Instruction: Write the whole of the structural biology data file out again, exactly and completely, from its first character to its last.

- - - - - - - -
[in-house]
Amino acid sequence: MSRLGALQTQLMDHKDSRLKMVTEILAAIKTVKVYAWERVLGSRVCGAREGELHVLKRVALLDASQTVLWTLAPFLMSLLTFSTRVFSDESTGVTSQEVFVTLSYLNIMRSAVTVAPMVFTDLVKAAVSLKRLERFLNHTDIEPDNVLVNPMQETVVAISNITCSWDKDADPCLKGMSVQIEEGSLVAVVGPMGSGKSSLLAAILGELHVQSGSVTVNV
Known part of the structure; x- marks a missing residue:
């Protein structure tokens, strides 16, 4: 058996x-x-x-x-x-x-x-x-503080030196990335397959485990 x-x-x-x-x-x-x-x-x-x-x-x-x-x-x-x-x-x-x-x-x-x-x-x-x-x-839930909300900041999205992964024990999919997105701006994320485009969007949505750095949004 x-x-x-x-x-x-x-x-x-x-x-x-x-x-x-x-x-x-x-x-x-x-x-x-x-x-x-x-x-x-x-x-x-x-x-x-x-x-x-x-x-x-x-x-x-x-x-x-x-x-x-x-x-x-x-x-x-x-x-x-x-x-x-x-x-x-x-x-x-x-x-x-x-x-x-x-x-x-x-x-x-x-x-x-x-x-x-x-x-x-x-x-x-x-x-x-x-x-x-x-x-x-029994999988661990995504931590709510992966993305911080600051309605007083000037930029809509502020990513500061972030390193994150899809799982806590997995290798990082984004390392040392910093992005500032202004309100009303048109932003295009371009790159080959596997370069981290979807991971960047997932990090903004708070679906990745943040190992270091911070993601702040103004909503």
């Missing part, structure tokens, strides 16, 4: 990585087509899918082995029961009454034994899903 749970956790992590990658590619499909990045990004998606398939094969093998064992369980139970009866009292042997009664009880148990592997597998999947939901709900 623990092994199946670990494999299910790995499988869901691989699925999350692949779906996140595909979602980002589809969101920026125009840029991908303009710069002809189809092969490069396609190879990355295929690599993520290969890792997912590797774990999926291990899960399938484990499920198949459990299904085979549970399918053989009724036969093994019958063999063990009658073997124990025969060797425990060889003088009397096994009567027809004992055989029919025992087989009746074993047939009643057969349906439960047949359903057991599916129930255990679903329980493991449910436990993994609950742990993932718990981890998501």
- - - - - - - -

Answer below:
[in-house]
Amino acid sequence: MSRLGALQTQLMDHKDSRLKMVTEILAAIKTVKVYAWERVLGSRVCGAREGELHVLKRVALLDASQTVLWTLAPFLMSLLTFSTRVFSDESTGVTSQEVFVTLSYLNIMRSAVTVAPMVFTDLVKAAVSLKRLERFLNHTDIEPDNVLVNPMQETVVAISNITCSWDKDADPCLKGMSVQIEEGSLVAVVGPMGSGKSSLLAAILGELHVQSGSVTVNV
Known part of the structure; x- marks a missing residue:
């Protein structure tokens, strides 16, 4: 058996x-x-x-x-x-x-x-x-503080030196990335397959485990 x-x-x-x-x-x-x-x-x-x-x-x-x-x-x-x-x-x-x-x-x-x-x-x-x-x-839930909300900041999205992964024990999919997105701006994320485009969007949505750095949004 x-x-x-x-x-x-x-x-x-x-x-x-x-x-x-x-x-x-x-x-x-x-x-x-x-x-x-x-x-x-x-x-x-x-x-x-x-x-x-x-x-x-x-x-x-x-x-x-x-x-x-x-x-x-x-x-x-x-x-x-x-x-x-x-x-x-x-x-x-x-x-x-x-x-x-x-x-x-x-x-x-x-x-x-x-x-x-x-x-x-x-x-x-x-x-x-x-x-x-x-x-x-029994999988661990995504931590709510992966993305911080600051309605007083000037930029809509502020990513500061972030390193994150899809799982806590997995290798990082984004390392040392910093992005500032202004309100009303048109932003295009371009790159080959596997370069981290979807991971960047997932990090903004708070679906990745943040190992270091911070993601702040103004909503």
């Missing part, structure tokens, strides 16, 4: 990585087509899918082995029961009454034994899903 749970956790992590990658590619499909990045990004998606398939094969093998064992369980139970009866009292042997009664009880148990592997597998999947939901709900 623990092994199946670990494999299910790995499988869901691989699925999350692949779906996140595909979602980002589809969101920026125009840029991908303009710069002809189809092969490069396609190879990355295929690599993520290969890792997912590797774990999926291990899960399938484990499920198949459990299904085979549970399918053989009724036969093994019958063999063990009658073997124990025969060797425990060889003088009397096994009567027809004992055989029919025992087989009746074993047939009643057969349906439960047949359903057991599916129930255990679903329980493991449910436990993994609950742990993932718990981890998501």